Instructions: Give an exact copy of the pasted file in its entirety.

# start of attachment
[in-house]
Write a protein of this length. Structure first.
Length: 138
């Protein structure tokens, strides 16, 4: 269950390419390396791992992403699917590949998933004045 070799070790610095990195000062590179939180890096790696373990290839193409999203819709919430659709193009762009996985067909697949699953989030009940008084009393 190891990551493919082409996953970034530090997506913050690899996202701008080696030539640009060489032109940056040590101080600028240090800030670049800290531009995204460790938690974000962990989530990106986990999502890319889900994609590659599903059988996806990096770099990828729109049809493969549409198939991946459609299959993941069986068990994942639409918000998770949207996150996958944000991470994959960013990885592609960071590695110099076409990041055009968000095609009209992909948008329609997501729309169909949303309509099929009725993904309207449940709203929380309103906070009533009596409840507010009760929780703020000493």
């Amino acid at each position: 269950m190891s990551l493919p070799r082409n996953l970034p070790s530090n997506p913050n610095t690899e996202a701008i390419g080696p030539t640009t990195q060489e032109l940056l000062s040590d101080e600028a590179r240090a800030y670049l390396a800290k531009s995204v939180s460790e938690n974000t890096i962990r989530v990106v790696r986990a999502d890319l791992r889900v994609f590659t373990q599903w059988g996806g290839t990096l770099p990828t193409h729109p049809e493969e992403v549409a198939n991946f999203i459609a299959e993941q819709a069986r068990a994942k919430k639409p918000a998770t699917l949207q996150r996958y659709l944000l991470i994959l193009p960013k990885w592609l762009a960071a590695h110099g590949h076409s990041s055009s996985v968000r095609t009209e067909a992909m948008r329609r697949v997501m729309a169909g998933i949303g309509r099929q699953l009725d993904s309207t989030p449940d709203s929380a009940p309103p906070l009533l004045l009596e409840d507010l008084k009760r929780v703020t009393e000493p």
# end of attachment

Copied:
[in-house]
Write a protein of this length. Structure first.
Length: 138
């Protein structure tokens, strides 16, 4: 269950390419390396791992992403699917590949998933004045 070799070790610095990195000062590179939180890096790696373990290839193409999203819709919430659709193009762009996985067909697949699953989030009940008084009393 190891990551493919082409996953970034530090997506913050690899996202701008080696030539640009060489032109940056040590101080600028240090800030670049800290531009995204460790938690974000962990989530990106986990999502890319889900994609590659599903059988996806990096770099990828729109049809493969549409198939991946459609299959993941069986068990994942639409918000998770949207996150996958944000991470994959960013990885592609960071590695110099076409990041055009968000095609009209992909948008329609997501729309169909949303309509099929009725993904309207449940709203929380309103906070009533009596409840507010009760929780703020000493």
């Amino acid at each position: 269950m190891s990551l493919p070799r082409n996953l970034p070790s530090n997506p913050n610095t690899e996202a701008i390419g080696p030539t640009t990195q060489e032109l940056l000062s040590d101080e600028a590179r240090a800030y670049l390396a800290k531009s995204v939180s460790e938690n974000t890096i962990r989530v990106v790696r986990a999502d890319l791992r889900v994609f590659t373990q599903w059988g996806g290839t990096l770099p990828t193409h729109p049809e493969e992403v549409a198939n991946f999203i459609a299959e993941q819709a069986r068990a994942k919430k639409p918000a998770t699917l949207q996150r996958y659709l944000l991470i994959l193009p960013k990885w592609l762009a960071a590695h110099g590949h076409s990041s055009s996985v968000r095609t009209e067909a992909m948008r329609r697949v997501m729309a169909g998933i949303g309509r099929q699953l009725d993904s309207t989030p449940d709203s929380a009940p309103p906070l009533l004045l009596e409840d507010l008084k009760r929780v703020t009393e000493p």